Heal Your Church WebSite

Teaching, rebuking, correcting & training in righteous web design.

Shoot Self and System in foot with a CGI-Shell

In the past, I’ve shown those of you on Linux/Apachesystems how to do some nifty stuff from the command line. For example, how to globally search and replace replace text using the commands FIND ∧ XARG. Or how to install MovableType using mostly the TAR and MV commands. All useful stuff I feel one should be allowed to do from any web host.

But as we know, not all web hosts are created equal, and some of you have situations where your web host provider does not allow either telnet or secure shell access (see link for tutorial on these). They do this for security reasons, not understanding the gaping security holes that can be opened when we have to unzip a program, FTP it to our site, then change the permissions to entire directories or sets of files to Read, Write and Execute. This in contrast to using TAR on the target machine, which while uncompressing the application, also sets permissions the way the developer intended it … or at least developed it.

Yeah, that last paragraph was a bit geeky. The point is, there are some applications out there which will allow you to circumvent this situation by allowing you to execute line commands from your browser. PLEASE NOTE – THIS IS A VERY DANGEROUS PRACTICE. If you do not understand what you are doing at the command line, or if you do not FULLY understand the security implications, steer clear away from following applications (listed in no particular order):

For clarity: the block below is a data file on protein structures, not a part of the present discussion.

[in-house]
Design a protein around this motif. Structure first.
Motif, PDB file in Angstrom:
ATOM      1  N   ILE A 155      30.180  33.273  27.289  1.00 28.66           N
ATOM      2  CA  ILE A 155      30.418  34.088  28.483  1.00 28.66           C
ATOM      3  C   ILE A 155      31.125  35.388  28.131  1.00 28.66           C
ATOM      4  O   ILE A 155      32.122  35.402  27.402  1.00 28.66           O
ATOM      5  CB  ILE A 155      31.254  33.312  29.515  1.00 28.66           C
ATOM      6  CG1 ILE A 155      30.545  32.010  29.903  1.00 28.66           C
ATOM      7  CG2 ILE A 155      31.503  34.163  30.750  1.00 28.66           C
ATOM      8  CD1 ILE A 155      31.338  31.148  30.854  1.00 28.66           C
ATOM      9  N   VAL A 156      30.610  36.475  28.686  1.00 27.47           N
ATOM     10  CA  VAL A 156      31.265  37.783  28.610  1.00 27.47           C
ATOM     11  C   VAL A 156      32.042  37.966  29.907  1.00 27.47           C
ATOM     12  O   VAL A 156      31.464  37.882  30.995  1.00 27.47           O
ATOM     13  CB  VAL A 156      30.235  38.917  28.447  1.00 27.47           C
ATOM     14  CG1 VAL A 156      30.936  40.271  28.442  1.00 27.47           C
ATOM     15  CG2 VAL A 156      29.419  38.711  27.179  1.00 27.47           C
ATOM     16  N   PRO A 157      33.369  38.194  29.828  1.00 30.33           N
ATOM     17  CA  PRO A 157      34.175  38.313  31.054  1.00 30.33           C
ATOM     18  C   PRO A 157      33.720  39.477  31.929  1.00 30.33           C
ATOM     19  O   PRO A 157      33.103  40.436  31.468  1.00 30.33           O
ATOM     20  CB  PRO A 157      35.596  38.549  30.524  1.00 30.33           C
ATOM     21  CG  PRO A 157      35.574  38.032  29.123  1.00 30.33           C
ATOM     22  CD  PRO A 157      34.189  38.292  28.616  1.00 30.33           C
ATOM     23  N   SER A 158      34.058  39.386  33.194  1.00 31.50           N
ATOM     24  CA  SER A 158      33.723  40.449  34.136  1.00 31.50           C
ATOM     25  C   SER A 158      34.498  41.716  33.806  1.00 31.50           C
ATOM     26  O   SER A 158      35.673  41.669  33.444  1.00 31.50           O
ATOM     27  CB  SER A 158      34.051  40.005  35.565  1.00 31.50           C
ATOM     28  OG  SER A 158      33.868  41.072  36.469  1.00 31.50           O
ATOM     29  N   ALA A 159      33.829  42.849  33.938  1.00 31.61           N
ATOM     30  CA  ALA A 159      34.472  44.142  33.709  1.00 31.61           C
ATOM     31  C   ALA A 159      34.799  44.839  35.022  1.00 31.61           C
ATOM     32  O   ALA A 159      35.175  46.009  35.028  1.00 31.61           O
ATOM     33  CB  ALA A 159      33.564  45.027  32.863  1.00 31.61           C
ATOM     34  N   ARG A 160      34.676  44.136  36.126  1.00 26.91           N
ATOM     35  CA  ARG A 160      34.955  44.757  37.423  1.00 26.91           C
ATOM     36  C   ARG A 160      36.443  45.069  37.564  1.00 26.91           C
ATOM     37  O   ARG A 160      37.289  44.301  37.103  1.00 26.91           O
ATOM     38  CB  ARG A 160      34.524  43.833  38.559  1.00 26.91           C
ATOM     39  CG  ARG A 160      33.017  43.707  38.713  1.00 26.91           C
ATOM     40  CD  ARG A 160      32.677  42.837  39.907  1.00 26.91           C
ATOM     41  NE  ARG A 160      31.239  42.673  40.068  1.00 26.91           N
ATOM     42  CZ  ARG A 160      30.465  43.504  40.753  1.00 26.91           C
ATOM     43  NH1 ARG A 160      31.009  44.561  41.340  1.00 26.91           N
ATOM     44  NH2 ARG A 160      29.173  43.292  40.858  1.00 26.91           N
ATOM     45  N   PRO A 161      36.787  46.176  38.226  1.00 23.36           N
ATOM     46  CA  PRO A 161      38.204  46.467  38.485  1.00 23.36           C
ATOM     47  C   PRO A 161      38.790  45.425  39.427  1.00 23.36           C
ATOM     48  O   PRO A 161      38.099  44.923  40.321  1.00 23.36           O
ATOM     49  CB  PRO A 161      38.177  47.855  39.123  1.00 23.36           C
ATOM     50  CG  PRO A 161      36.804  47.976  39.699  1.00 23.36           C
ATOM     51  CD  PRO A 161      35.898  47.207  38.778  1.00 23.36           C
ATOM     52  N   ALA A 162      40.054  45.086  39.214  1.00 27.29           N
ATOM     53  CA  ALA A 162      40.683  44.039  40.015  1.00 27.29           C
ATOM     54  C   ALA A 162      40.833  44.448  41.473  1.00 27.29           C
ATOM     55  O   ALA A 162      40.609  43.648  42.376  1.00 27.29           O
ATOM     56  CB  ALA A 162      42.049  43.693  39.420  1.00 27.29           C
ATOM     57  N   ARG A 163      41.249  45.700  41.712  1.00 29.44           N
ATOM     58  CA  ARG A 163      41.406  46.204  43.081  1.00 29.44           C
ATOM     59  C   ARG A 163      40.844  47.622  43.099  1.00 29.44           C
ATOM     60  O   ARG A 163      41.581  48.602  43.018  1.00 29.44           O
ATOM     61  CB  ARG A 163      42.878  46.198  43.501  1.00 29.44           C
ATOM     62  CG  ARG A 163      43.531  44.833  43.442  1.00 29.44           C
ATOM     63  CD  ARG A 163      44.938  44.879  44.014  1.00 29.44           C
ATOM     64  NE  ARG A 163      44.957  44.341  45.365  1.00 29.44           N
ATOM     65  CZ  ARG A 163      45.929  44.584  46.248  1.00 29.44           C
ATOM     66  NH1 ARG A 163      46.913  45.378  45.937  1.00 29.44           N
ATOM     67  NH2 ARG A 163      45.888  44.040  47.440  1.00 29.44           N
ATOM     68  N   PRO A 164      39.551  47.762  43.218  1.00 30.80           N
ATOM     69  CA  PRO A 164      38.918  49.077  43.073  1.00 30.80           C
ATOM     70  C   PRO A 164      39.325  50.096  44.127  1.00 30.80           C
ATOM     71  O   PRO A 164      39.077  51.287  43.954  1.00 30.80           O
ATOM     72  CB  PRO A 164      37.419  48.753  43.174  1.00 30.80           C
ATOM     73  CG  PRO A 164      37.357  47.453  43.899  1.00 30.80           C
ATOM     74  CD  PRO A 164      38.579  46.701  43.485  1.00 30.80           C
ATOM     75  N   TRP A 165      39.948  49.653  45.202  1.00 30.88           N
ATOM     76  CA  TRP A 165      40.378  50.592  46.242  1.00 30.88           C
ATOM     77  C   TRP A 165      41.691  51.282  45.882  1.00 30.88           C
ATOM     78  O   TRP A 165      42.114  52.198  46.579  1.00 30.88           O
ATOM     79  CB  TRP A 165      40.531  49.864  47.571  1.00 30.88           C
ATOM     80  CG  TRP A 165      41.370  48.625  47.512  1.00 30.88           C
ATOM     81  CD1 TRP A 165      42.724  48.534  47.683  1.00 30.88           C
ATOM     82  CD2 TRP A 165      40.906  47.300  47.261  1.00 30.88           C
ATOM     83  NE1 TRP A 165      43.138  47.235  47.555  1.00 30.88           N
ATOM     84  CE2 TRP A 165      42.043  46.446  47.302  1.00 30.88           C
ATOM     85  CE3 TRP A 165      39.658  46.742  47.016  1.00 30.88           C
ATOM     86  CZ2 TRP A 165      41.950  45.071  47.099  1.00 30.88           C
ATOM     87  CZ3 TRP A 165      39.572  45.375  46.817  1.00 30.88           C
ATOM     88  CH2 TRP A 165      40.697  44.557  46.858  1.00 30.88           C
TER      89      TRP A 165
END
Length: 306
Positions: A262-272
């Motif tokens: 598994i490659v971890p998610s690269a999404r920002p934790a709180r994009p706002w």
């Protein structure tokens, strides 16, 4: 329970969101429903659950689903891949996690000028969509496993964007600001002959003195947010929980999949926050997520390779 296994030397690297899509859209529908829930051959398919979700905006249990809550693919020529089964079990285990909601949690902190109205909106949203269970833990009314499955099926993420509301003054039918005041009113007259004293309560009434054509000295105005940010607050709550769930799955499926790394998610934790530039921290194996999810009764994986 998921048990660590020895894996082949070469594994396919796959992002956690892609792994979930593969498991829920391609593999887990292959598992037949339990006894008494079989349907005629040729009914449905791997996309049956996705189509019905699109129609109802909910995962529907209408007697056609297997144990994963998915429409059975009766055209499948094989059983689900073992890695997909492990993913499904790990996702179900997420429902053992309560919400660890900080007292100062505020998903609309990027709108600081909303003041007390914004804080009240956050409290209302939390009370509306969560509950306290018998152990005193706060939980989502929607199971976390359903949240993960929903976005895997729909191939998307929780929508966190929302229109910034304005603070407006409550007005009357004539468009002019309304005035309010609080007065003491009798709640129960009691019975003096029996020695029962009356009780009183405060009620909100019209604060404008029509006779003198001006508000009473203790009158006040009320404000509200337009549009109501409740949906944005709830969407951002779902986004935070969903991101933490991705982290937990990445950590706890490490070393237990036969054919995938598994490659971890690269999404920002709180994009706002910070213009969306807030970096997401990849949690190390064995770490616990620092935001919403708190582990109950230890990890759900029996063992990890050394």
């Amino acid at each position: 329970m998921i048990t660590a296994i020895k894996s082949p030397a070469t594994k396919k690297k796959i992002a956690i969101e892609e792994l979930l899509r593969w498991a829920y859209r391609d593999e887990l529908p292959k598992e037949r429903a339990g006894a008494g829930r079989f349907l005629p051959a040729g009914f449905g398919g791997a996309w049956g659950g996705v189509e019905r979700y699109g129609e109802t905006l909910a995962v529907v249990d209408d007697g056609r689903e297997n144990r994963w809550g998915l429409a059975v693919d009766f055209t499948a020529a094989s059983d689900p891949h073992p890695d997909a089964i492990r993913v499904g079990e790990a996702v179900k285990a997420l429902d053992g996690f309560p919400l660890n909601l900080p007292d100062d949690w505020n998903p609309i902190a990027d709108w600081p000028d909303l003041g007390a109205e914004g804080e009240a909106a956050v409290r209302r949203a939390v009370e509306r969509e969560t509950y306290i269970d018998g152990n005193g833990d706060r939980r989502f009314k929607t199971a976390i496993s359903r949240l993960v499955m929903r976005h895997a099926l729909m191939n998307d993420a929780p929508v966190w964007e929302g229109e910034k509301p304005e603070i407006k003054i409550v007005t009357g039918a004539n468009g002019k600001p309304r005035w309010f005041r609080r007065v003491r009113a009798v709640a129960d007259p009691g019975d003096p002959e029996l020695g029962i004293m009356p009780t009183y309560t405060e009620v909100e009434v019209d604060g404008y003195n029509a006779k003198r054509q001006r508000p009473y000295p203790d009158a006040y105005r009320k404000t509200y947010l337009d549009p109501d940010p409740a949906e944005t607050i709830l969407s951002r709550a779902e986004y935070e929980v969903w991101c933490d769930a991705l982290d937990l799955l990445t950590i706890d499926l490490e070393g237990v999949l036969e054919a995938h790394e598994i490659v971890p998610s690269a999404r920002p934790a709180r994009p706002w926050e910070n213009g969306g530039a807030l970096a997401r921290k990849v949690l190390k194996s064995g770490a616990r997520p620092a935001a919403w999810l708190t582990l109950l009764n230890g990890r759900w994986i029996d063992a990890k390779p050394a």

If you are going to take the HUGE SECURITY RISK of installing and using any of the above applications, then at least run them from a password protected sub directory within your cgi-bin directory. If you don’t know how to do that without me telling you how, then you probably want to avoid the above. Even if you do, remember, you were warned, so don’t come complaining to me when you shoot yourself in the foot.

So why bother with all the risk? I think the FAQ from CGI-Shell answers the question rather nicely.

Can I do “bad things” with CGI-Shell?
You can do “bad things” with almost everything – but that’s not why I wrote CGI-Shell. Rather, it intends to help webpage-owners to maintain there page comfortably. If CGI-Shell also makes webhosters pay a little more attention to their server’s rights-management – or even better – gives you SSH-access, I’m happy, too.

Which one do I use? None of them. My host provider allows “limited” or “jailed” access. I can’t format the system, but I can test PHP modules from the command line. But before I do, I also backup my database from the comand line, or at least PICO or VI a bash script that will do it for me on a nightly basis.

One Comment

  1. I have to say, SSH was the best thing they ever came out with. You can’t beat its security nor its reliabilty.